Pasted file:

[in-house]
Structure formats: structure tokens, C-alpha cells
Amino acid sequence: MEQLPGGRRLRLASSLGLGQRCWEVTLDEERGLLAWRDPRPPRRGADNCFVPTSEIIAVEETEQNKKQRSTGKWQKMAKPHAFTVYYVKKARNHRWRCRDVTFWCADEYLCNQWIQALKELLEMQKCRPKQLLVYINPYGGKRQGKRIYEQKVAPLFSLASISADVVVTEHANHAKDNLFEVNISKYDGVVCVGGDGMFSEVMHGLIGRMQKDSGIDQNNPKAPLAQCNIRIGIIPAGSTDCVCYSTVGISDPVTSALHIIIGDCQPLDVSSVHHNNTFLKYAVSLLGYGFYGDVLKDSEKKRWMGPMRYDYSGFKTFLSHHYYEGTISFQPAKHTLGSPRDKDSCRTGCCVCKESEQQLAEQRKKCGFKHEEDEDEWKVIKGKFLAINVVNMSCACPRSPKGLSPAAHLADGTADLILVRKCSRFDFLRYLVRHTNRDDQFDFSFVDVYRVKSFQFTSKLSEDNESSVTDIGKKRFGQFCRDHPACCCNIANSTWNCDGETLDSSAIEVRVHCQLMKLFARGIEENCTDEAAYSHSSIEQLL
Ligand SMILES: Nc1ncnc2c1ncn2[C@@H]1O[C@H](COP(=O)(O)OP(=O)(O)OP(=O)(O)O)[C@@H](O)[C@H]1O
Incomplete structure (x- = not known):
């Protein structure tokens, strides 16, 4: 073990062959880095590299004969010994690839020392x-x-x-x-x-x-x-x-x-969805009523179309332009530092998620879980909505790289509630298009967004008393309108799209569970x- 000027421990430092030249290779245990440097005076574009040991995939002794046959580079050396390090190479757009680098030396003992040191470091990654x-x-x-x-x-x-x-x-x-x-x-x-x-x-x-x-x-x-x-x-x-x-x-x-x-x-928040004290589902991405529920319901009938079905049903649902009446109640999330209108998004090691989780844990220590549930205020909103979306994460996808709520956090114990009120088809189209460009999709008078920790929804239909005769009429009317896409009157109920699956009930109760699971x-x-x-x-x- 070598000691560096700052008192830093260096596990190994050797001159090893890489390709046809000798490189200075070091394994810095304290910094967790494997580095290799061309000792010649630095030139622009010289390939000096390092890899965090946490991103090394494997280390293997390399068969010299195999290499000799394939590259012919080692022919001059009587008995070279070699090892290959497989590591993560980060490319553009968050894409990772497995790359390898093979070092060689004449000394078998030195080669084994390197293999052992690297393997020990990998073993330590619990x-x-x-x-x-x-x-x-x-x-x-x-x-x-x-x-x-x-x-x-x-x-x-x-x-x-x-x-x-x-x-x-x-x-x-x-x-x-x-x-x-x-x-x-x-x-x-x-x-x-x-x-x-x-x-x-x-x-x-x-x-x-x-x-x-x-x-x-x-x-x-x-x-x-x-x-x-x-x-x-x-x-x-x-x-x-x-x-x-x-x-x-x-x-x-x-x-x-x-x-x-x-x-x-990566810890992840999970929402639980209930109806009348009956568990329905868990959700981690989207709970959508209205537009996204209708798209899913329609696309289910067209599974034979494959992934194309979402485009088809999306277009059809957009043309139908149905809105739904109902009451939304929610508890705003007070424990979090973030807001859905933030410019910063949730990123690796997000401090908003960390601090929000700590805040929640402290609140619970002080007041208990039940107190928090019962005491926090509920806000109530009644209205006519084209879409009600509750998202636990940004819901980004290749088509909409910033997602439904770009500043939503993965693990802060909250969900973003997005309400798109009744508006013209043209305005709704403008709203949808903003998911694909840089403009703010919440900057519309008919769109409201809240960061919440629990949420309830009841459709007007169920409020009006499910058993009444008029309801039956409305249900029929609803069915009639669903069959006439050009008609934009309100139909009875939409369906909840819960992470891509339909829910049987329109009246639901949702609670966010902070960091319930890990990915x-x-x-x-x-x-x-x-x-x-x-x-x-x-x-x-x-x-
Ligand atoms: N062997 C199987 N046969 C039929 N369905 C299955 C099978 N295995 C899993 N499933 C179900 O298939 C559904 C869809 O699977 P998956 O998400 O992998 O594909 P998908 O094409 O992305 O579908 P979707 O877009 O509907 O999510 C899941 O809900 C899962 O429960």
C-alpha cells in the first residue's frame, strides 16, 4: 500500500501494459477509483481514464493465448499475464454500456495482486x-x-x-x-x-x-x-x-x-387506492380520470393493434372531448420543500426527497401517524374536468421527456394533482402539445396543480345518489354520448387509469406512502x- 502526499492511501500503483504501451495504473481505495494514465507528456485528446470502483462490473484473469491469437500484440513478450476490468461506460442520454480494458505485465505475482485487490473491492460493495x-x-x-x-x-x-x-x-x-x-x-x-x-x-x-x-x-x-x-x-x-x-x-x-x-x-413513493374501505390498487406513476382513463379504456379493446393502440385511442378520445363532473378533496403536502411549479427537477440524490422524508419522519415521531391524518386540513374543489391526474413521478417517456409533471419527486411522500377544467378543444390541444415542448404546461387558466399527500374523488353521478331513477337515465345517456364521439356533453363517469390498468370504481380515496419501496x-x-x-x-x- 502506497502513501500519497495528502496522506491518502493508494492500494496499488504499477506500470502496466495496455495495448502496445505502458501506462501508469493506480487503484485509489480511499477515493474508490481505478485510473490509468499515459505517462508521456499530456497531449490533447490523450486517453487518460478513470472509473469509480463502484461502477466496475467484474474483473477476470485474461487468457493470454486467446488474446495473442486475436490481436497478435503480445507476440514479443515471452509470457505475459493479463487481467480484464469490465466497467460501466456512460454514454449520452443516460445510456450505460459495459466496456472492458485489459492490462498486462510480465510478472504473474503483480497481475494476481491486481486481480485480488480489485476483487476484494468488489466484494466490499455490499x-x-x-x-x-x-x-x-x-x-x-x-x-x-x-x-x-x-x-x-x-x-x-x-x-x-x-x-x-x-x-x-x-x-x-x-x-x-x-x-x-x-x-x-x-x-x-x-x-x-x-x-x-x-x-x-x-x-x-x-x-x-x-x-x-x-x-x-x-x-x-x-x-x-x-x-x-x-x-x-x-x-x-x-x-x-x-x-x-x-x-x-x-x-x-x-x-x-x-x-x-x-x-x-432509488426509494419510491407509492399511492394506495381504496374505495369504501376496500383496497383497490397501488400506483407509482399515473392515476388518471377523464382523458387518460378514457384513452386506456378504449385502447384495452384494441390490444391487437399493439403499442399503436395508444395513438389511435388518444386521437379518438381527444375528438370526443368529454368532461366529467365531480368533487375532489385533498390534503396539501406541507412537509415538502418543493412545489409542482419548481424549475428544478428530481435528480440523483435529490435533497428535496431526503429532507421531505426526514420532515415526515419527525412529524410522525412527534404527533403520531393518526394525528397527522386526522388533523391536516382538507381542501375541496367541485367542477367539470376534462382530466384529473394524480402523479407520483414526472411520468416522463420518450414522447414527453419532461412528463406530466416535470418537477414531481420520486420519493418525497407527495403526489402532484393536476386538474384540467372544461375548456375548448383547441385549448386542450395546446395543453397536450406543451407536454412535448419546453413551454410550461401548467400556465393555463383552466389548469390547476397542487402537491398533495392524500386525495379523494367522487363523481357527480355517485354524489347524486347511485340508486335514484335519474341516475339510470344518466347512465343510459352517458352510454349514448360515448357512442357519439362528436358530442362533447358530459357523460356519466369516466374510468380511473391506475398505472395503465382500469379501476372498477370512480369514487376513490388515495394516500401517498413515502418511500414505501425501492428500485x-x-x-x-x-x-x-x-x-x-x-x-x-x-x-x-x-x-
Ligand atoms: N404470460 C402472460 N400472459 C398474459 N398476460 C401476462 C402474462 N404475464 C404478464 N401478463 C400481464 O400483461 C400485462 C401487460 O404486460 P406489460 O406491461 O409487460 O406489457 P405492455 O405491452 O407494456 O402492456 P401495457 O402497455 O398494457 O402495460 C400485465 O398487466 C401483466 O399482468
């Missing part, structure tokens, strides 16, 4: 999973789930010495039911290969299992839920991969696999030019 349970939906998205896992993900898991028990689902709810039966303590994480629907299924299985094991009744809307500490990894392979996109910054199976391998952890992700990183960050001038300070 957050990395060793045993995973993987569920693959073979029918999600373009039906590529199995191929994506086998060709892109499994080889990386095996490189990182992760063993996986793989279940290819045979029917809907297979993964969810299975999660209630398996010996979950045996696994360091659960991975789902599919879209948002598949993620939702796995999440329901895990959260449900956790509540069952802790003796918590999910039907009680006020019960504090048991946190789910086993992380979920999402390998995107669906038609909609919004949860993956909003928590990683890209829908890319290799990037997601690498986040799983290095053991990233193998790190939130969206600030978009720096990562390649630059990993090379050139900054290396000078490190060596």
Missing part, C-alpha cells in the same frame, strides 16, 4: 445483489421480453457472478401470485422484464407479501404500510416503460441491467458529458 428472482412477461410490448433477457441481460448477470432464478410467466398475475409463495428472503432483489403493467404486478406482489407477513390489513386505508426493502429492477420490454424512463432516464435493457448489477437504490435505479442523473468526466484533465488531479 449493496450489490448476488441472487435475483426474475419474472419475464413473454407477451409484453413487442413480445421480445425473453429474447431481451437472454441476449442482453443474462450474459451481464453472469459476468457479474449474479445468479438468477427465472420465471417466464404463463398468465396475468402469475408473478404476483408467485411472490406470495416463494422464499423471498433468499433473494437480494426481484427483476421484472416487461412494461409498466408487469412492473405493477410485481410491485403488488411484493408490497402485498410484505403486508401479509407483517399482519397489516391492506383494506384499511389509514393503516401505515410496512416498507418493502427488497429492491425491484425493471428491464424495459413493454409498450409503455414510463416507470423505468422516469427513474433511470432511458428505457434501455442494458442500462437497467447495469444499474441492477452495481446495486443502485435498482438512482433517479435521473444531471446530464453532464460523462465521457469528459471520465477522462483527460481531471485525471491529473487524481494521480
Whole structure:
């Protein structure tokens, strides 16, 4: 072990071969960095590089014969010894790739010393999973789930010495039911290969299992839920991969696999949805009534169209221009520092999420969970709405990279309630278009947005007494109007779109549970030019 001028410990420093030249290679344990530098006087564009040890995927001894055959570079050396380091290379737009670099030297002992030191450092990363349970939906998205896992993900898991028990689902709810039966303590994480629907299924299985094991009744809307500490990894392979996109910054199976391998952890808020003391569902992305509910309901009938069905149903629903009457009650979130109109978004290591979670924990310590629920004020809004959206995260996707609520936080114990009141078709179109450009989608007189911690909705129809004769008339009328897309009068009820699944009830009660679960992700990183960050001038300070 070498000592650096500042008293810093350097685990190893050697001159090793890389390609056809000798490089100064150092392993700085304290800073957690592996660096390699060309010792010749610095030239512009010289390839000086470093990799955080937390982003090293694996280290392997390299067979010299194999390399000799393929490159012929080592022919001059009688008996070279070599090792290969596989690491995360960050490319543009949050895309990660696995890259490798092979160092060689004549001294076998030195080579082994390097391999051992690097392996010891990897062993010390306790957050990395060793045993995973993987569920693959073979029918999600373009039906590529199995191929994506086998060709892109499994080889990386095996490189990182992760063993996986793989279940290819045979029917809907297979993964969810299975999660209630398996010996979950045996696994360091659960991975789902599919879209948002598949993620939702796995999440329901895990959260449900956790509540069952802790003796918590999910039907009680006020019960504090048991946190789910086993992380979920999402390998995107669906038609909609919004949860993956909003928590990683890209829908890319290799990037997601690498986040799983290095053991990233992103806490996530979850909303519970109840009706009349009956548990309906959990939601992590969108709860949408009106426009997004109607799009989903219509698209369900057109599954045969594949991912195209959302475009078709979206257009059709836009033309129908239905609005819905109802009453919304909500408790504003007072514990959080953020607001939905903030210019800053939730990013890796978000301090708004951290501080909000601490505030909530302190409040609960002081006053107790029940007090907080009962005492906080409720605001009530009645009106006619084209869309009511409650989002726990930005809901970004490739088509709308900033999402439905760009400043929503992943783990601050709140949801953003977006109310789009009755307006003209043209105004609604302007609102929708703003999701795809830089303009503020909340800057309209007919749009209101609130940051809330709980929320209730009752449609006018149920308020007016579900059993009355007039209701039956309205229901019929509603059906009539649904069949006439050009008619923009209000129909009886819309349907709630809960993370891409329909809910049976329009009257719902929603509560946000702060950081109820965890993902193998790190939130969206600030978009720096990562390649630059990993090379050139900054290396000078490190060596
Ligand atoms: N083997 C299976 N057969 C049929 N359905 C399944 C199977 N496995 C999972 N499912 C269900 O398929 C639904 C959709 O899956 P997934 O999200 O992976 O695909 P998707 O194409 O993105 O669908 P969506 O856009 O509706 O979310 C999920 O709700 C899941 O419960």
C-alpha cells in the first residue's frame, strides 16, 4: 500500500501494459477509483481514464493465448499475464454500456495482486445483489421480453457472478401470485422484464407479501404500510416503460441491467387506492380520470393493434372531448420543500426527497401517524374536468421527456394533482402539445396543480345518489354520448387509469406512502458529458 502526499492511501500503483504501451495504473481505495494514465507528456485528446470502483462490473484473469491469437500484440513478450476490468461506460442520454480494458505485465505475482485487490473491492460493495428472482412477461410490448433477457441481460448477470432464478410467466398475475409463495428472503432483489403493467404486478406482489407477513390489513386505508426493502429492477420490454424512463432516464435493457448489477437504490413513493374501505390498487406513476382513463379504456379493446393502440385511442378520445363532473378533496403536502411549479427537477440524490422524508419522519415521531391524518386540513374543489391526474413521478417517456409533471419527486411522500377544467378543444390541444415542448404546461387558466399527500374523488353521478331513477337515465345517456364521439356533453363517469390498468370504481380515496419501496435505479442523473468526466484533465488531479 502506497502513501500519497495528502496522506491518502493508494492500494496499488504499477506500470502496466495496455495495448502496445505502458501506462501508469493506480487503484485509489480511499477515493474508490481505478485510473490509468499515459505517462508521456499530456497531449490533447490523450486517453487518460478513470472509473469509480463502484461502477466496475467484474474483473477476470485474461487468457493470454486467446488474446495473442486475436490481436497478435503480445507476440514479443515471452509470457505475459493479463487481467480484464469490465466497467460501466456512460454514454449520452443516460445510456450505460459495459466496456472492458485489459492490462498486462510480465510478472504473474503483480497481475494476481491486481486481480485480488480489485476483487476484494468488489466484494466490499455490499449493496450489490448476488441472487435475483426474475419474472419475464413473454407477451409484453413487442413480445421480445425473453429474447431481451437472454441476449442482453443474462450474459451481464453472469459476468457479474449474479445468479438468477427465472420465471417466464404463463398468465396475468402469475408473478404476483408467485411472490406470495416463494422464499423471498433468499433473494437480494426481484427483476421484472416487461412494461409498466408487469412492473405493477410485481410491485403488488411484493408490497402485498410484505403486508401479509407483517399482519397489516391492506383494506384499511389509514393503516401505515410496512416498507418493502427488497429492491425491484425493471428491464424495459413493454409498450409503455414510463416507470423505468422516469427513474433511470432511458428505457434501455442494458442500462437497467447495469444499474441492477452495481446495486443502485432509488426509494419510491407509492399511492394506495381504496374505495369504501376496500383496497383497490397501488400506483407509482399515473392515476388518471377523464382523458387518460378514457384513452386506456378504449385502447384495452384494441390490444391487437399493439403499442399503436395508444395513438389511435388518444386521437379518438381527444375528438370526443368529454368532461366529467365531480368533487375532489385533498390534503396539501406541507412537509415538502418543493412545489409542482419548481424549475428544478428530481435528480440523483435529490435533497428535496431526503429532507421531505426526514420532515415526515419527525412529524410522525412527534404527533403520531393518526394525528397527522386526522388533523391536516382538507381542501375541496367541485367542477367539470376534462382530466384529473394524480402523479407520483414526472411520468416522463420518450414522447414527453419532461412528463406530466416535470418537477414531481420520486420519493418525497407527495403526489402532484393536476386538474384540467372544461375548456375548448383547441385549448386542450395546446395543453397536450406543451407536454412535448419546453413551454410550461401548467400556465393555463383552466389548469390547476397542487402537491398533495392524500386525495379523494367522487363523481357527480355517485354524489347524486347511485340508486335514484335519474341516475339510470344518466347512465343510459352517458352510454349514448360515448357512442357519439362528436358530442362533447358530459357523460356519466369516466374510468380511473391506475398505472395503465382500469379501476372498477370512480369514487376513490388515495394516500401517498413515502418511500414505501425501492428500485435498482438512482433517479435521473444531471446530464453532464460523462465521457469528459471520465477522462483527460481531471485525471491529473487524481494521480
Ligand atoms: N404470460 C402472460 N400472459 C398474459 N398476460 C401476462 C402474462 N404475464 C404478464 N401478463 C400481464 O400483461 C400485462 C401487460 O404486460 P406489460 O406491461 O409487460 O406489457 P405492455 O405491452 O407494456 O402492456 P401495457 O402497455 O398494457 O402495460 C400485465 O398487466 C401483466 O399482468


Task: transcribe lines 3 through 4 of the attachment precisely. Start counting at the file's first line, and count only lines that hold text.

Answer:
Amino acid sequence: MEQLPGGRRLRLASSLGLGQRCWEVTLDEERGLLAWRDPRPPRRGADNCFVPTSEIIAVEETEQNKKQRSTGKWQKMAKPHAFTVYYVKKARNHRWRCRDVTFWCADEYLCNQWIQALKELLEMQKCRPKQLLVYINPYGGKRQGKRIYEQKVAPLFSLASISADVVVTEHANHAKDNLFEVNISKYDGVVCVGGDGMFSEVMHGLIGRMQKDSGIDQNNPKAPLAQCNIRIGIIPAGSTDCVCYSTVGISDPVTSALHIIIGDCQPLDVSSVHHNNTFLKYAVSLLGYGFYGDVLKDSEKKRWMGPMRYDYSGFKTFLSHHYYEGTISFQPAKHTLGSPRDKDSCRTGCCVCKESEQQLAEQRKKCGFKHEEDEDEWKVIKGKFLAINVVNMSCACPRSPKGLSPAAHLADGTADLILVRKCSRFDFLRYLVRHTNRDDQFDFSFVDVYRVKSFQFTSKLSEDNESSVTDIGKKRFGQFCRDHPACCCNIANSTWNCDGETLDSSAIEVRVHCQLMKLFARGIEENCTDEAAYSHSSIEQLL
Ligand SMILES: Nc1ncnc2c1ncn2[C@@H]1O[C@H](COP(=O)(O)OP(=O)(O)OP(=O)(O)O)[C@@H](O)[C@H]1O